29 Somerset Street <1>
Augst 3. 1842.
I have taken a room at the Polytnc Instn <2> on the second floor of the house in Cavendish Sq, which is the only junction contemplated by them or me; as to their capital it does not appear that they are likely to make use of it in the matter of calotype, which Mr Nurse <3> told me you had offered them under certain conditions as to number. –
You mentioned in your last an optical combination which you considered superior to Ross’s <4> I shall be glad if you will let me know what it is, as I wish to get the best I can; I have not yet been able to get Ross to finish my large Lens but am about to write to Munich on the subject under the advantage of Sir John Herschell’s <5> [sic] directions, who has very kindly advised me respecting it. – It could hardly be expected that you should be otherwise than successful. I scarcely ever have a portrait fail, except when caused by the sitter, but this point of success is the result of laborious application, and I have lost a great deal of time for want of sufficient explanation of both theory and practice; photography being entirely a new subject to me until I commenced with Calotype: – however, the only thing I have to complain of now is want of enough to do, but I shall probably correct that by working elsewhere –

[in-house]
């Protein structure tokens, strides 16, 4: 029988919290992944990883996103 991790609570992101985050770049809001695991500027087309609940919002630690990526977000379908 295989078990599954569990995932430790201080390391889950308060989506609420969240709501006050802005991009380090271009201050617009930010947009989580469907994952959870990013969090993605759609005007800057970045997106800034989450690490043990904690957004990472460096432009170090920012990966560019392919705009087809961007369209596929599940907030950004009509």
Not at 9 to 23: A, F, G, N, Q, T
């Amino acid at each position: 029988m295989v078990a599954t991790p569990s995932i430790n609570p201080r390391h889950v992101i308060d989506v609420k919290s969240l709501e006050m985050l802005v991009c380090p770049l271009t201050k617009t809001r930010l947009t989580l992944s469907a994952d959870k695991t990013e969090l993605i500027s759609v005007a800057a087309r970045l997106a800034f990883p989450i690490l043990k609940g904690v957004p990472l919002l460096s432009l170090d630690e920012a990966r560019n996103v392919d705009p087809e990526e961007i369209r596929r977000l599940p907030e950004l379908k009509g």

Mr Hunt <6> is, evidently from his treatise, <7> well calculated to manage any process connected with Photography, but he has not communicated with me, I forget at this moment the name of the party who did from Falmouth, <8> but altogether there are six persons who have –
I remain Dear Sir Yours very Truly
Henry Fox Talbot Esq F.R.S.
2. The Polytechnic Institution, London; this was also the location of Great Britain’s first photographic studio opened in 1841 by Richard Beard (1801–1885), coal merchant & daguerreotypist, London.
3. William Mountford Nurse (1789–1855), builder. He built the Polytechnic building in 1837 and leased it to the Polyetechnic Institution in 1838. The London Polytechnic preserves his calotype license in their archives. [See also Doc. No: 04255, and Doc. No: 04310].
4. Andrew Ross (1798–1859), London optician & author.
5. Sir John Frederick William Herschel (1792–1871), astronomer & scientist.
6. Robert Hunt (1807–1887), scientist & photographic historian.
7. Popular Treatise on the Art of Photography, including Daguerréotype, and All the New Methods of Producing Pictures by the Agency of Light (Glasgow: Richard Griffin and Co, 1841).